Jail is a consequence for lawless behaviour, i.e. they should pay taxes and not be allowed to vote because if that is part of the consequence then theyshould inform themselves before committing the crime.

      January 18, 2012 at 9:52 pm | Report abuse |
    • Nick

      -yeah, actually they SHOULD pay taxes! Better yet, just give them the entire bill of every expense they occured while incarcerated and then perhaps they may not pay taxes upon release but as long as I am paying some of their "housing", "Medical", etc while they are locked up then they can pay too. Think about that.

      January 19, 2012 at 2:32 am | Report abuse |
      • xizej

        why they should pay taxes to help support the society that expeled them, treat them like animals, if i were them NO VOTE NO TAXES, more why to follow the law made by man empowered against my will

        June 26, 2012 at 5:19 pm | Report abuse |
  39. M005E

    Since when is voting a right?? It is NOT and NEVER has been a right. It has ALWAYS been a privilege.

    January 18, 2012 at 6:02 pm | Report abuse |
  40. imaguard

    They should not be able to vote for the same reason they should not be allowed to possess a firearms permit.

    January 18, 2012 at 5:32 pm | Report abuse |
  41. Greg Smith

    Hey Mitt, not all felonies are violent crimes. In fact many white collar crimes are felonies and are definitely non-violent. Very poor answer sir.

    January 18, 2012 at 4:38 pm | Report abuse |
    • lgny

      That's his strategy. Martha Stewart gets her voting rights back automatically, but not some one who did something stupid as a teen that landed him in prison but then lead a clean life.

      January 18, 2012 at 5:24 pm | Report abuse |
      • interceptor2012

        Totally agree with u

        January 19, 2012 at 1:15 pm | Report abuse |
  42. mike.s

    Have felons gone through punishment, or rehabilitation? I'd guess your answer to that is likely to decide your answer to the poll. I'm in between – I don't think that any rights should be take away for "victimless crimes," but am more open to felons losing rights if they have committed violent or property crimes.

    January 18, 2012 at 4:34 pm | Report abuse |
  43. Guest

    I think all felon criminals should either be A:put to death if they are murderers or rapists or B:reintegrated into society if they arent.I think crimes of nonviolent theft and drugs can be worked with,its the violent crimes we cant let back into society

    January 18, 2012 at 4:06 pm | Report abuse |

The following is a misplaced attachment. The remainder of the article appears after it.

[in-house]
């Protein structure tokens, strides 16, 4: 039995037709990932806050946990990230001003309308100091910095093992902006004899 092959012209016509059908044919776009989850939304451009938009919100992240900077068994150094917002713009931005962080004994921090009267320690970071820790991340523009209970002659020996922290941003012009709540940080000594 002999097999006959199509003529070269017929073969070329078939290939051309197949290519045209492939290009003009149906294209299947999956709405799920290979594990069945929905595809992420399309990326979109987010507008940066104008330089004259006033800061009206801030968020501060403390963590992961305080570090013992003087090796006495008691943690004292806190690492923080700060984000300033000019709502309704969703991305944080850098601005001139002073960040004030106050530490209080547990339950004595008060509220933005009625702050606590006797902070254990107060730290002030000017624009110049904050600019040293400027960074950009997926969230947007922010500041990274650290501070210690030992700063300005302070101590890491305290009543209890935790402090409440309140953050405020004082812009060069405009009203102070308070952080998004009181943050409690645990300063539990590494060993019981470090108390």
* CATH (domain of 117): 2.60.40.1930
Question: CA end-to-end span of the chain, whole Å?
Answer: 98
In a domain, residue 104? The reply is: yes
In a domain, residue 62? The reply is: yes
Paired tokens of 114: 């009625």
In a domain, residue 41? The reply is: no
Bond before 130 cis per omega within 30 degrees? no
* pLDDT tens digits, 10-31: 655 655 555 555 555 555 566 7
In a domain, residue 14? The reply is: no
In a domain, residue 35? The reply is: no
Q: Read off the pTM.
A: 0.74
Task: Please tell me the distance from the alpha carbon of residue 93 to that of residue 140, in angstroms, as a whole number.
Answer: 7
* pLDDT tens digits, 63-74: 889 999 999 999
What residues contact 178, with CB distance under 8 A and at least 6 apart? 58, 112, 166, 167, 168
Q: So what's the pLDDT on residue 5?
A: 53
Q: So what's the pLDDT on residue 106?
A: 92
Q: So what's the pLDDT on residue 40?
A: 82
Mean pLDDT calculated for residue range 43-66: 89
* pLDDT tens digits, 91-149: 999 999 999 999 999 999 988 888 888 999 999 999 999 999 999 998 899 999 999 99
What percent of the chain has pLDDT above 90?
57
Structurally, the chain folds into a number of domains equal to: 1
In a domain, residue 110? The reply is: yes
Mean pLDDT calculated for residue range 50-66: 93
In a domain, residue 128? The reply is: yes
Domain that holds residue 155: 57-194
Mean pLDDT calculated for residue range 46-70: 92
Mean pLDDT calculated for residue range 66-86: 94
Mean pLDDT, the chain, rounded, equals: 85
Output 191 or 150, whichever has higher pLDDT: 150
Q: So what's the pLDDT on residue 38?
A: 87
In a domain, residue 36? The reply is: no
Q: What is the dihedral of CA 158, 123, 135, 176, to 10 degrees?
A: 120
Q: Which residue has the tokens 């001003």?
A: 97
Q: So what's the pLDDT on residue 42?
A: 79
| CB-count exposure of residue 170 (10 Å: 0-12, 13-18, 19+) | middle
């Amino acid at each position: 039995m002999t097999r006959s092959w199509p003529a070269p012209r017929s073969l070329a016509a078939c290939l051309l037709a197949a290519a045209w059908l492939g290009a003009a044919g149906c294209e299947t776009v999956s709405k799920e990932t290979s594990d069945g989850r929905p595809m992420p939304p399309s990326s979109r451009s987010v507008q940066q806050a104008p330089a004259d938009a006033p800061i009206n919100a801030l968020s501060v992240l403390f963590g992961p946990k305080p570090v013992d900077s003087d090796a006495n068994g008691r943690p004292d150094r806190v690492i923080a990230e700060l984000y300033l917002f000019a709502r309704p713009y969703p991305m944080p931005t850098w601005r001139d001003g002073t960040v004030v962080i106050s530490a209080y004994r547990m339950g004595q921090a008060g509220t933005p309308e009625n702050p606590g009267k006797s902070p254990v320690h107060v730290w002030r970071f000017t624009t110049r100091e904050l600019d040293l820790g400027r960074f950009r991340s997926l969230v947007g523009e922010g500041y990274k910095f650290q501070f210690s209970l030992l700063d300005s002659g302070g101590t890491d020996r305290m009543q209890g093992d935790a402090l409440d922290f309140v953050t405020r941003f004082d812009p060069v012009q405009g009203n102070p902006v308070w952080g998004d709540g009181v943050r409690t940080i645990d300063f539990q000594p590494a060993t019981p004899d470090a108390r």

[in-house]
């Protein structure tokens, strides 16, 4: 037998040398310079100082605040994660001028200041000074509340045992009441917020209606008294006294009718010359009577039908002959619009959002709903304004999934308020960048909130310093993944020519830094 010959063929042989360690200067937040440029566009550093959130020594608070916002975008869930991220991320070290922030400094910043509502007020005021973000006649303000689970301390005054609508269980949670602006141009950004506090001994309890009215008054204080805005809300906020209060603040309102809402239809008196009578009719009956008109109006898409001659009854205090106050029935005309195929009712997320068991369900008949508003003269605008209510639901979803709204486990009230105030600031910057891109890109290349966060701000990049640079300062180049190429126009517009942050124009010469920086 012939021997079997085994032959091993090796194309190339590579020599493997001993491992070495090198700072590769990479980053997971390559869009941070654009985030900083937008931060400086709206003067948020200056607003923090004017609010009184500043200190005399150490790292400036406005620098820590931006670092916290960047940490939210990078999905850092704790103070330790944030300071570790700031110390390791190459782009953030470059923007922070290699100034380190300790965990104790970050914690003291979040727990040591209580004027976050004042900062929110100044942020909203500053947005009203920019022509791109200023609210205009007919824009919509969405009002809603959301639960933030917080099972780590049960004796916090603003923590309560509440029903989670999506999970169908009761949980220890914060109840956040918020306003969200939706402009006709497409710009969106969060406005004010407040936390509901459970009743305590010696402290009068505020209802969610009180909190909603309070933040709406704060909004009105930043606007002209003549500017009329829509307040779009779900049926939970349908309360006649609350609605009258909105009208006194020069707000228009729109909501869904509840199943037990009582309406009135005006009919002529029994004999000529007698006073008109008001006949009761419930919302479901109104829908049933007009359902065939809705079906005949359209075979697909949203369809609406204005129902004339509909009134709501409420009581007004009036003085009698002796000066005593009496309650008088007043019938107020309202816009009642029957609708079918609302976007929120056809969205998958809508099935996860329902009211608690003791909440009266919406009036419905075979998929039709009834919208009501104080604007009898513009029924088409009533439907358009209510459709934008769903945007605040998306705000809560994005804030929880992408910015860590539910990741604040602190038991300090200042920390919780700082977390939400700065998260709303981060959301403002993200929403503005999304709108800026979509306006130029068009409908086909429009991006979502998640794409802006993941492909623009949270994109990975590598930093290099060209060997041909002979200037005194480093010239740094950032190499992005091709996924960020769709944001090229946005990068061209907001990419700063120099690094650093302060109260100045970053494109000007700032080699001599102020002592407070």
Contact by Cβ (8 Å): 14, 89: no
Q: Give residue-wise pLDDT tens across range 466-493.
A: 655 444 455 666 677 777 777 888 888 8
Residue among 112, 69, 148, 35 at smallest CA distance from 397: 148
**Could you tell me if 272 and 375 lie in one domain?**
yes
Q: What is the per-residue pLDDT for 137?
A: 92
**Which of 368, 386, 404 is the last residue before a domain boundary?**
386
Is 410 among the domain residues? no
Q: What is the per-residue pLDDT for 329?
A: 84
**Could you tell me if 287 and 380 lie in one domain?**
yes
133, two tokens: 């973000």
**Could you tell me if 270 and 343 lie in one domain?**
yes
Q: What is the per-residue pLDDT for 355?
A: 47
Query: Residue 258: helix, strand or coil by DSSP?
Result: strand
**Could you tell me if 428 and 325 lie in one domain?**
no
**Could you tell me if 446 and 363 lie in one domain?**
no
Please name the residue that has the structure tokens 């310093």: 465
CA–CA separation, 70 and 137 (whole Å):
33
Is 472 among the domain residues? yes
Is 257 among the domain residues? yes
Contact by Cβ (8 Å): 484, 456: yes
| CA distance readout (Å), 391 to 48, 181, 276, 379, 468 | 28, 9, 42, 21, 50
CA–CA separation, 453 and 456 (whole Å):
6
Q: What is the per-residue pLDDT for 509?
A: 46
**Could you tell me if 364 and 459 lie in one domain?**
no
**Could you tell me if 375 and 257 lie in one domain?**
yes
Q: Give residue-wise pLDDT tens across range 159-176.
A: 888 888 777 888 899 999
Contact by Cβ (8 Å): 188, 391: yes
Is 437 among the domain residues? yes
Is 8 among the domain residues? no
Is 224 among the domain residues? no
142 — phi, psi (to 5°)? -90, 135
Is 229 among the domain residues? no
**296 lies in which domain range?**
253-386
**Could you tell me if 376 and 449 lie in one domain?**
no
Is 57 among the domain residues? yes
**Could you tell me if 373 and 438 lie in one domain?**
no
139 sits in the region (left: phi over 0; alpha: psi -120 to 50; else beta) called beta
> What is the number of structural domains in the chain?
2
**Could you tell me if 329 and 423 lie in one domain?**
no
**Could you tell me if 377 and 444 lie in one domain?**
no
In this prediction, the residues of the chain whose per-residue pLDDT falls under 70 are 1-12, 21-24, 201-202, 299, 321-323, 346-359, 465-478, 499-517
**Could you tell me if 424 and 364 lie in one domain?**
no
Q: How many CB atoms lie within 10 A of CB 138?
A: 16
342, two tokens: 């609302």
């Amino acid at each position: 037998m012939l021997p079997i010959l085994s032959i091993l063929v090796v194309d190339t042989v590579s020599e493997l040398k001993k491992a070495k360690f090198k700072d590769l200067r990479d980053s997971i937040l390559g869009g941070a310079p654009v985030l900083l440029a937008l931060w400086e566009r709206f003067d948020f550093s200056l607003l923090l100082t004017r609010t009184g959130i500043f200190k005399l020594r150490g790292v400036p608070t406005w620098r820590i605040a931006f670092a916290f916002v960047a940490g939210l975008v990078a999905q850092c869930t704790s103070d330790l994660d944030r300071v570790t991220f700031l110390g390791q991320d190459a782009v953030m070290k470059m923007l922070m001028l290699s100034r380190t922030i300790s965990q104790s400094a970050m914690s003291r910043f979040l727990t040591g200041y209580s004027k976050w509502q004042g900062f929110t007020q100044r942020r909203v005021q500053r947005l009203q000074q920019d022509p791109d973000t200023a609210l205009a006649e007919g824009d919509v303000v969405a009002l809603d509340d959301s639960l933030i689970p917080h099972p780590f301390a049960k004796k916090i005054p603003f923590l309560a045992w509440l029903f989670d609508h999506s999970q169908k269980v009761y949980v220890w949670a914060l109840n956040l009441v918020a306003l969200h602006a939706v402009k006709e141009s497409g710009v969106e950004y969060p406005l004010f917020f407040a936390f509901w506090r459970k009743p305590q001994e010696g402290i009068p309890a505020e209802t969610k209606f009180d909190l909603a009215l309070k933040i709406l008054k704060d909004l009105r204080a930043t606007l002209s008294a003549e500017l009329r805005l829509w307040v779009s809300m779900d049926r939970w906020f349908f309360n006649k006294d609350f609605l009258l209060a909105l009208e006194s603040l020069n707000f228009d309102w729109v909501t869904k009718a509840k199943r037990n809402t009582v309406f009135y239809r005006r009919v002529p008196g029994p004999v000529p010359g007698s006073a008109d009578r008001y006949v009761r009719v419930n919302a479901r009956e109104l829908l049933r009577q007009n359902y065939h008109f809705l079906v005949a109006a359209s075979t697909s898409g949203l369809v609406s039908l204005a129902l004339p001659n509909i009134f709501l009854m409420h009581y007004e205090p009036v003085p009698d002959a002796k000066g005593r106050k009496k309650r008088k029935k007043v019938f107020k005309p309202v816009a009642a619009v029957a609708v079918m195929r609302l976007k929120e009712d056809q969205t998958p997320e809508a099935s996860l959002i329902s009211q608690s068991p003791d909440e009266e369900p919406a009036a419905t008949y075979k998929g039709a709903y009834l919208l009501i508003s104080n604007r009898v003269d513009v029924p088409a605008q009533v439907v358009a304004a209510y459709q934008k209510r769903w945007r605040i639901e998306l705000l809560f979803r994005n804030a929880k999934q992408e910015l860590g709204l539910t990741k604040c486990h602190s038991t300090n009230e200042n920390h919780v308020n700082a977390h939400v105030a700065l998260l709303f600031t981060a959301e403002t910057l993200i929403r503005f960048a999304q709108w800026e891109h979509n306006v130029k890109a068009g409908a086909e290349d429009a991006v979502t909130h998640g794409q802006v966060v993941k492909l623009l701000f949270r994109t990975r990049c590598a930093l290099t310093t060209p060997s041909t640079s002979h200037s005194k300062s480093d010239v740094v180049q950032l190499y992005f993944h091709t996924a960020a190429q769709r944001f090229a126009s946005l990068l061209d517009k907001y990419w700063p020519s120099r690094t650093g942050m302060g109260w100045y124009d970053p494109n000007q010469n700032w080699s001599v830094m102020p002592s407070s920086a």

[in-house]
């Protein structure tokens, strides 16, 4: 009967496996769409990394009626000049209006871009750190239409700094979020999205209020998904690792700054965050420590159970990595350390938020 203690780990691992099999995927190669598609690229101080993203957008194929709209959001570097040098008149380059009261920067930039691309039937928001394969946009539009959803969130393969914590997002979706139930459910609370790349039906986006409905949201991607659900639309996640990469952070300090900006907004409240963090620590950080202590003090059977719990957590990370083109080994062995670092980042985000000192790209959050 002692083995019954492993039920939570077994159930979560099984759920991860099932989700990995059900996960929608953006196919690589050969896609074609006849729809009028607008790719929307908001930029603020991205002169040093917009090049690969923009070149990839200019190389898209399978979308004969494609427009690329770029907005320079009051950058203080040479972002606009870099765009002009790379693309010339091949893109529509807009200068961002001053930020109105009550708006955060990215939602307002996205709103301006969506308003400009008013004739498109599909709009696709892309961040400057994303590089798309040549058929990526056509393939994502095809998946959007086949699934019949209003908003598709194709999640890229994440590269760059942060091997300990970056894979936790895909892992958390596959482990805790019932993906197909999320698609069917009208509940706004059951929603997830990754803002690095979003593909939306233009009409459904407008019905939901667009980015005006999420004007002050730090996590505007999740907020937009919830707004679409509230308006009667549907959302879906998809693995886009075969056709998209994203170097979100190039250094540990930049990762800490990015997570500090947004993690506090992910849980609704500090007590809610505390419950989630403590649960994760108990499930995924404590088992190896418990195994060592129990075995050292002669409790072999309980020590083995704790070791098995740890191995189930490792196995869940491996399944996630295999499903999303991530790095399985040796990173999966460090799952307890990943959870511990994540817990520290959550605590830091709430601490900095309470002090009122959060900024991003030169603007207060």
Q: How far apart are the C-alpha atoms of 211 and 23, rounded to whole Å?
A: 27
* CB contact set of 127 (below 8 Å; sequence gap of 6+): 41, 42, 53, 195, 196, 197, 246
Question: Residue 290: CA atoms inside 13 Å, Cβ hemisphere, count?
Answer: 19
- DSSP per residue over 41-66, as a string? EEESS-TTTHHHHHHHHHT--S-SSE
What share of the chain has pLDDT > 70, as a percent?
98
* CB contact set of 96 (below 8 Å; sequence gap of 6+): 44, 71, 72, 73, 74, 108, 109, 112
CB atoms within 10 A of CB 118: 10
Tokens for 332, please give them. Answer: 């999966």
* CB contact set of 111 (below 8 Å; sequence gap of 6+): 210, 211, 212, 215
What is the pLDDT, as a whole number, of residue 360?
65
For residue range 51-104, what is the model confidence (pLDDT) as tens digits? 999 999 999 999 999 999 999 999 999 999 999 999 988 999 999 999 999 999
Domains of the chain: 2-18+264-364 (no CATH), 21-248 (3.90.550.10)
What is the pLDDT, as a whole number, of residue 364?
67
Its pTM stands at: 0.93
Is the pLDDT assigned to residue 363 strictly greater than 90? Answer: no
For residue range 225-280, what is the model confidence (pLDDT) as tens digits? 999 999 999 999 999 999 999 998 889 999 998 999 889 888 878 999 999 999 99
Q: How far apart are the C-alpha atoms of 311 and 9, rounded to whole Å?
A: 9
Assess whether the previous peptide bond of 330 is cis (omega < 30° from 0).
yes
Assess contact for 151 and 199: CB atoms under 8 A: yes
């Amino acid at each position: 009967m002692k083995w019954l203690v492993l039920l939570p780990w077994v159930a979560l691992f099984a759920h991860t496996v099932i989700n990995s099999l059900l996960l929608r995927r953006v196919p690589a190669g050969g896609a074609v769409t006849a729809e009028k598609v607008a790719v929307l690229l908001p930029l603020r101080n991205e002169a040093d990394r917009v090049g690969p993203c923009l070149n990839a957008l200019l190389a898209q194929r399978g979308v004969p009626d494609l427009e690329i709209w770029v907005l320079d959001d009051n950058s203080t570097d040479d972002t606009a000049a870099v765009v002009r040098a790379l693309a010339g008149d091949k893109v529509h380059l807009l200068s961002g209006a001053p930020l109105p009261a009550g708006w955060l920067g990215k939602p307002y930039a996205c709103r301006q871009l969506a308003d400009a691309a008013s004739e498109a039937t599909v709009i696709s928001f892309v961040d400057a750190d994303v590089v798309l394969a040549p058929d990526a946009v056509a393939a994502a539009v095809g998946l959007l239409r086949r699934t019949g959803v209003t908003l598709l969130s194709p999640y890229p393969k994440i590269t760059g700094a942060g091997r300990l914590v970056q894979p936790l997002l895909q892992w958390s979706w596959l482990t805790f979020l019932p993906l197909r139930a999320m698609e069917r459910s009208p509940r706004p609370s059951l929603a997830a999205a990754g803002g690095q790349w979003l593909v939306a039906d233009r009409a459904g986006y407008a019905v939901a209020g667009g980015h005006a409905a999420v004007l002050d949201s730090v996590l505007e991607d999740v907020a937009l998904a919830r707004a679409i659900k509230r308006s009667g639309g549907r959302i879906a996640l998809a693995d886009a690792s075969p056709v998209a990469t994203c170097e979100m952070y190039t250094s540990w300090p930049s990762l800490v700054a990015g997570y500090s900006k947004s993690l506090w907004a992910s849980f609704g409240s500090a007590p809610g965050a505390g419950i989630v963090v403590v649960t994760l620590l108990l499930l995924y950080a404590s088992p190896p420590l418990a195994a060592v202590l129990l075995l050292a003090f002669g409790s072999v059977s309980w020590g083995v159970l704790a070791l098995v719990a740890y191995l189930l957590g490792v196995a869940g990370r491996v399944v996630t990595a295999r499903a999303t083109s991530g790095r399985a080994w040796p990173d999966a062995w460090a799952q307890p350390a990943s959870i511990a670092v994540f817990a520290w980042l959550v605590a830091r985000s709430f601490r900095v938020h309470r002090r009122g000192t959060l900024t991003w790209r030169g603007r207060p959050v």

44. Dude

    65 million people have criminal records. They are effectively serving a life sentence no matter what they did. Finding decent jobs with a criminal record is next to impossible in the best of economies.

    People with criminal records have families to feed. Denying them the ability is lead a normal life is just asking for more trouble!

    January 18, 2012 at 3:55 pm | Report abuse |
  45. Kris Craig

    "....if you don't follow the law, you don't have the right to make the law...."

    Why the hell not? Sometimes, laws are unjust. Sometimes, people are forced into a life of crime by economic disparities. The people who are adversely affected by a law absolutely should have a say!

    Let's say, for example, that the government decided to ban dancing. 60% of the population then violated this law. If they were denied the right to vote, the 40% who didn't like to dance would be content to leave that unjust law in place. On the other hand, if murder is illegal and, say, only 0.1% (I have no idea what the actual figure is so don't bother correcting me lol) of the population violates this law, the remaining 99.9% will still be enough to keep that law in place.

    Stripping voting rights for *any* reason is undemocratic. If you want to strip them of citizenship, we can have that discussion. Otherwise, if you still want to think of them as citizens who are bound by our laws, then they have a fundamental right to have a voice in who gets to make those laws, regardless of whether or not they've broken them.

    January 18, 2012 at 3:45 pm | Report abuse |
    • Mike

      Nobody is forced into a life of crime. Economic disparities are, more times than not, a person's situation due to good/bad choices.

      January 18, 2012 at 7:22 pm | Report abuse |
      • Nick

        -this guy Mike is a thinker folks, and there are not many on this board so listen up! LOL

        January 19, 2012 at 2:34 am | Report abuse |